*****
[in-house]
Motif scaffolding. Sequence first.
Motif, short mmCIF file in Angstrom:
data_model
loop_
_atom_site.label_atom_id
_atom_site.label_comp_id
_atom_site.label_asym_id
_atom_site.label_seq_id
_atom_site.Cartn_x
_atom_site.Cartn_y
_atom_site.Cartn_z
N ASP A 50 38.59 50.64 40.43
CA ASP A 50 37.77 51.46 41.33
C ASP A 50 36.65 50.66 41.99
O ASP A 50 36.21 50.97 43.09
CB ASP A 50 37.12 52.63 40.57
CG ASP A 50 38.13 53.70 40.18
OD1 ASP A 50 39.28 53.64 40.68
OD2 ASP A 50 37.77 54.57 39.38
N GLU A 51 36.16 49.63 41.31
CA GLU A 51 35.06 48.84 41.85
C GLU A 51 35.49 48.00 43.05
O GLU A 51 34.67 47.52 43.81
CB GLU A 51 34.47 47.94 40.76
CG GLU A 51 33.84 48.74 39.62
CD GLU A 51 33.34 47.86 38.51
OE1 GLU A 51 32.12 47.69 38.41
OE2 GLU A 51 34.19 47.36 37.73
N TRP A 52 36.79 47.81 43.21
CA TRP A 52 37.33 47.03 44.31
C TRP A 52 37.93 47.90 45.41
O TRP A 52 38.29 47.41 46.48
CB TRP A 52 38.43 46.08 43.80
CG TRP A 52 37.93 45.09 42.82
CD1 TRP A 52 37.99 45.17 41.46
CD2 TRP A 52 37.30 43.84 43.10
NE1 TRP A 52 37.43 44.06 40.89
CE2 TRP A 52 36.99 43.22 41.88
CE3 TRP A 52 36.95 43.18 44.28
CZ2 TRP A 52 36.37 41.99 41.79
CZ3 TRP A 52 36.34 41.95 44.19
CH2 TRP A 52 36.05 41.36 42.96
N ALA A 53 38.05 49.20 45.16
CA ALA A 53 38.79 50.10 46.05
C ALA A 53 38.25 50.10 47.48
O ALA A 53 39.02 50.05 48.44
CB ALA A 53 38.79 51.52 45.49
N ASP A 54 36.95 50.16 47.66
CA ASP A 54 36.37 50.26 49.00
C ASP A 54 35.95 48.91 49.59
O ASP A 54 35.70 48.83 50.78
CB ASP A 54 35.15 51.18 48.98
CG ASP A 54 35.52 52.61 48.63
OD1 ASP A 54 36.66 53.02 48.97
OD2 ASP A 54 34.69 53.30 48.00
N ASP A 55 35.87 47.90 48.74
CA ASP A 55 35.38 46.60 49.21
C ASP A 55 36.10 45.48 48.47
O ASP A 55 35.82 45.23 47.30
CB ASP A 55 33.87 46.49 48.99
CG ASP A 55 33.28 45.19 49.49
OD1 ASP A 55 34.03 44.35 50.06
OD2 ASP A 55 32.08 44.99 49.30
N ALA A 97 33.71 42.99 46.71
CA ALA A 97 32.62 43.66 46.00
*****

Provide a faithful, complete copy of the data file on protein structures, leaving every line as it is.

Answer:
[in-house]
Motif scaffolding. Sequence first.
Motif, short mmCIF file in Angstrom:
data_model
loop_
_atom_site.label_atom_id
_atom_site.label_comp_id
_atom_site.label_asym_id
_atom_site.label_seq_id
_atom_site.Cartn_x
_atom_site.Cartn_y
_atom_site.Cartn_z
N ASP A 50 38.59 50.64 40.43
CA ASP A 50 37.77 51.46 41.33
C ASP A 50 36.65 50.66 41.99
O ASP A 50 36.21 50.97 43.09
CB ASP A 50 37.12 52.63 40.57
CG ASP A 50 38.13 53.70 40.18
OD1 ASP A 50 39.28 53.64 40.68
OD2 ASP A 50 37.77 54.57 39.38
N GLU A 51 36.16 49.63 41.31
CA GLU A 51 35.06 48.84 41.85
C GLU A 51 35.49 48.00 43.05
O GLU A 51 34.67 47.52 43.81
CB GLU A 51 34.47 47.94 40.76
CG GLU A 51 33.84 48.74 39.62
CD GLU A 51 33.34 47.86 38.51
OE1 GLU A 51 32.12 47.69 38.41
OE2 GLU A 51 34.19 47.36 37.73
N TRP A 52 36.79 47.81 43.21
CA TRP A 52 37.33 47.03 44.31
C TRP A 52 37.93 47.90 45.41
O TRP A 52 38.29 47.41 46.48
CB TRP A 52 38.43 46.08 43.80
CG TRP A 52 37.93 45.09 42.82
CD1 TRP A 52 37.99 45.17 41.46
CD2 TRP A 52 37.30 43.84 43.10
NE1 TRP A 52 37.43 44.06 40.89
CE2 TRP A 52 36.99 43.22 41.88
CE3 TRP A 52 36.95 43.18 44.28
CZ2 TRP A 52 36.37 41.99 41.79
CZ3 TRP A 52 36.34 41.95 44.19
CH2 TRP A 52 36.05 41.36 42.96
N ALA A 53 38.05 49.20 45.16
CA ALA A 53 38.79 50.10 46.05
C ALA A 53 38.25 50.10 47.48
O ALA A 53 39.02 50.05 48.44
CB ALA A 53 38.79 51.52 45.49
N ASP A 54 36.95 50.16 47.66
CA ASP A 54 36.37 50.26 49.00
C ASP A 54 35.95 48.91 49.59
O ASP A 54 35.70 48.83 50.78
CB ASP A 54 35.15 51.18 48.98
CG ASP A 54 35.52 52.61 48.63
OD1 ASP A 54 36.66 53.02 48.97
OD2 ASP A 54 34.69 53.30 48.00
N ASP A 55 35.87 47.90 48.74
CA ASP A 55 35.38 46.60 49.21
C ASP A 55 36.10 45.48 48.47
O ASP A 55 35.82 45.23 47.30
CB ASP A 55 33.87 46.49 48.99
CG ASP A 55 33.28 45.19 49.49
OD1 ASP A 55 34.03 44.35 50.06
OD2 ASP A 55 32.08 44.99 49.30
N ALA A 97 33.71 42.99 46.71
CA ALA A 97 32.62 43.66 46.00